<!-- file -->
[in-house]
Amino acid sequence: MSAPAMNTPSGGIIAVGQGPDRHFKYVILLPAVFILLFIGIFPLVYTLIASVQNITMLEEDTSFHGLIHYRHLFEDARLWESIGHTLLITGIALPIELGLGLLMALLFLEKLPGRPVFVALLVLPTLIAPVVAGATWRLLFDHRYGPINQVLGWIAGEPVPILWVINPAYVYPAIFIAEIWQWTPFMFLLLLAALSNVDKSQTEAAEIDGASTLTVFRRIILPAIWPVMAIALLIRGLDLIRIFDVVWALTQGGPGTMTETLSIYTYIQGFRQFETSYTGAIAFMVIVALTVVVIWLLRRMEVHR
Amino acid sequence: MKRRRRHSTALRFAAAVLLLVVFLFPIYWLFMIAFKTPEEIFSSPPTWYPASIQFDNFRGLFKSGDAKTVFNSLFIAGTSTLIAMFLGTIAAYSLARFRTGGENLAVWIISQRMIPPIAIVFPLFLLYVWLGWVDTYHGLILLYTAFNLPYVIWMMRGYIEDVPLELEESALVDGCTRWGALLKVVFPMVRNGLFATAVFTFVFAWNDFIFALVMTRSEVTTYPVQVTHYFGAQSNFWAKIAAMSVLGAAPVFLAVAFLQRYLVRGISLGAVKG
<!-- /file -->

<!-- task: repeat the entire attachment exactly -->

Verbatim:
[in-house]
Amino acid sequence: MSAPAMNTPSGGIIAVGQGPDRHFKYVILLPAVFILLFIGIFPLVYTLIASVQNITMLEEDTSFHGLIHYRHLFEDARLWESIGHTLLITGIALPIELGLGLLMALLFLEKLPGRPVFVALLVLPTLIAPVVAGATWRLLFDHRYGPINQVLGWIAGEPVPILWVINPAYVYPAIFIAEIWQWTPFMFLLLLAALSNVDKSQTEAAEIDGASTLTVFRRIILPAIWPVMAIALLIRGLDLIRIFDVVWALTQGGPGTMTETLSIYTYIQGFRQFETSYTGAIAFMVIVALTVVVIWLLRRMEVHR
Amino acid sequence: MKRRRRHSTALRFAAAVLLLVVFLFPIYWLFMIAFKTPEEIFSSPPTWYPASIQFDNFRGLFKSGDAKTVFNSLFIAGTSTLIAMFLGTIAAYSLARFRTGGENLAVWIISQRMIPPIAIVFPLFLLYVWLGWVDTYHGLILLYTAFNLPYVIWMMRGYIEDVPLELEESALVDGCTRWGALLKVVFPMVRNGLFATAVFTFVFAWNDFIFALVMTRSEVTTYPVQVTHYFGAQSNFWAKIAAMSVLGAAPVFLAVAFLQRYLVRGISLGAVKG